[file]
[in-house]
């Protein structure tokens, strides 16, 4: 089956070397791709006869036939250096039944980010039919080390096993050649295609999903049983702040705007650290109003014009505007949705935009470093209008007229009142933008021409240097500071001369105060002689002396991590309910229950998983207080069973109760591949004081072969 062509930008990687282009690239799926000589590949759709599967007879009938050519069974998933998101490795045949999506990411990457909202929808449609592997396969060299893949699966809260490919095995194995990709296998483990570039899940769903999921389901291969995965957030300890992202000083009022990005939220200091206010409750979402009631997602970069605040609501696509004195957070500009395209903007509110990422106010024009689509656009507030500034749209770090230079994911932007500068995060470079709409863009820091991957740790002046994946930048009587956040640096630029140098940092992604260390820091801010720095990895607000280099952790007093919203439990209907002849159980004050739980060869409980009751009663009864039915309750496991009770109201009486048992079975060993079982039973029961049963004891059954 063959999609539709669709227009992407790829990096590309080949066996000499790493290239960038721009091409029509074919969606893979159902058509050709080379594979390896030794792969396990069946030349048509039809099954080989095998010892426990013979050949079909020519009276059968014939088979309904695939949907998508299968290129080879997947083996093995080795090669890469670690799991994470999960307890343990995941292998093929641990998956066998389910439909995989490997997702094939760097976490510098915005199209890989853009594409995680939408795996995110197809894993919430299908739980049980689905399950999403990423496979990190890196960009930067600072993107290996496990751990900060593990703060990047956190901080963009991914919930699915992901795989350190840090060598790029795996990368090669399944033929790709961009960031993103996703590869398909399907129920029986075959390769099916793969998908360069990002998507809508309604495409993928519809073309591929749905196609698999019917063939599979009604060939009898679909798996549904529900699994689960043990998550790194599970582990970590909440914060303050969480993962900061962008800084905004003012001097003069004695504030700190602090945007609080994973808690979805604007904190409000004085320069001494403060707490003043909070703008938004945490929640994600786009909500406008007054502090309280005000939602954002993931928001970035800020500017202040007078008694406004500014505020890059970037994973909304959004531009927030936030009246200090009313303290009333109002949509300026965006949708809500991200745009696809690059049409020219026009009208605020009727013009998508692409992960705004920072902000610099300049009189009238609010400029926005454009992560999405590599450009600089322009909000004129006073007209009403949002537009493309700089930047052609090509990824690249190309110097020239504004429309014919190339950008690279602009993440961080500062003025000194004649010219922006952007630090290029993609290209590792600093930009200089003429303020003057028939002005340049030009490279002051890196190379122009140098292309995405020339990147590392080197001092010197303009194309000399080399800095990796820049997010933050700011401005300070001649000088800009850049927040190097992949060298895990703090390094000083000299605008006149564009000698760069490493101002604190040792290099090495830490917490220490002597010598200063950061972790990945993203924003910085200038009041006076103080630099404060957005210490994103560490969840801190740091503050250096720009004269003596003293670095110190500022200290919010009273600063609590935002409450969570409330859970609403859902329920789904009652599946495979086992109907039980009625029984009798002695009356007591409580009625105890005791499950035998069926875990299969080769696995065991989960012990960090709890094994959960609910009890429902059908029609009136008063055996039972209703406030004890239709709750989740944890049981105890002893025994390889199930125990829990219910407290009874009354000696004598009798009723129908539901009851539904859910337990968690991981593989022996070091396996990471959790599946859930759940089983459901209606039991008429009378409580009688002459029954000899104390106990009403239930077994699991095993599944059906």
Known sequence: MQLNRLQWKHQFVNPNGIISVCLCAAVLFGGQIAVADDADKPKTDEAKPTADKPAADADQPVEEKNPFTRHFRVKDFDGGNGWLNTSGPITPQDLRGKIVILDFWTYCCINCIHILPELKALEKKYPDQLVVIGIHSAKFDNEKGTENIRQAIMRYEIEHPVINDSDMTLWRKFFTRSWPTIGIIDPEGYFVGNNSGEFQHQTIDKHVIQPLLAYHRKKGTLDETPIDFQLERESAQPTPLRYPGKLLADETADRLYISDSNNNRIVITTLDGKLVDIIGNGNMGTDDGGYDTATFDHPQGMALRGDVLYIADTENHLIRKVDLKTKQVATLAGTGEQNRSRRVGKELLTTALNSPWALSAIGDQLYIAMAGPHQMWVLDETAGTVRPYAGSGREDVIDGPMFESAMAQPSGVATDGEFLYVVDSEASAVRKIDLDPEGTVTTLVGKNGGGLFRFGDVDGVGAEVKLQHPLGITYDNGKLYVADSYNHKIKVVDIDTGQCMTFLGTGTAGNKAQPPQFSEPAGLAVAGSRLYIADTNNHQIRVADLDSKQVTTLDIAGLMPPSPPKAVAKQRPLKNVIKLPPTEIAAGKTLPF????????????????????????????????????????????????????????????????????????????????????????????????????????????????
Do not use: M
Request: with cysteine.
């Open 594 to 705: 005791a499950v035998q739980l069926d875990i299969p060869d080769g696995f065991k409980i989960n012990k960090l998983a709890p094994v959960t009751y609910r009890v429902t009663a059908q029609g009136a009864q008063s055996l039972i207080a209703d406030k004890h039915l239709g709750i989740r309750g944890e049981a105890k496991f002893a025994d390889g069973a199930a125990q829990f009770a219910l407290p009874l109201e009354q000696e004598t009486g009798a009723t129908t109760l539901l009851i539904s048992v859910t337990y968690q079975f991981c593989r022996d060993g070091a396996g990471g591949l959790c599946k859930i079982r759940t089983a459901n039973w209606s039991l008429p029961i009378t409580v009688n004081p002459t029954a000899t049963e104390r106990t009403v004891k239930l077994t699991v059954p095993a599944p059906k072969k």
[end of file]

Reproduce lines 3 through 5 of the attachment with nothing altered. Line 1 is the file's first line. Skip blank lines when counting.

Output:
Known sequence: MQLNRLQWKHQFVNPNGIISVCLCAAVLFGGQIAVADDADKPKTDEAKPTADKPAADADQPVEEKNPFTRHFRVKDFDGGNGWLNTSGPITPQDLRGKIVILDFWTYCCINCIHILPELKALEKKYPDQLVVIGIHSAKFDNEKGTENIRQAIMRYEIEHPVINDSDMTLWRKFFTRSWPTIGIIDPEGYFVGNNSGEFQHQTIDKHVIQPLLAYHRKKGTLDETPIDFQLERESAQPTPLRYPGKLLADETADRLYISDSNNNRIVITTLDGKLVDIIGNGNMGTDDGGYDTATFDHPQGMALRGDVLYIADTENHLIRKVDLKTKQVATLAGTGEQNRSRRVGKELLTTALNSPWALSAIGDQLYIAMAGPHQMWVLDETAGTVRPYAGSGREDVIDGPMFESAMAQPSGVATDGEFLYVVDSEASAVRKIDLDPEGTVTTLVGKNGGGLFRFGDVDGVGAEVKLQHPLGITYDNGKLYVADSYNHKIKVVDIDTGQCMTFLGTGTAGNKAQPPQFSEPAGLAVAGSRLYIADTNNHQIRVADLDSKQVTTLDIAGLMPPSPPKAVAKQRPLKNVIKLPPTEIAAGKTLPF????????????????????????????????????????????????????????????????????????????????????????????????????????????????
Do not use: M
Request: with cysteine.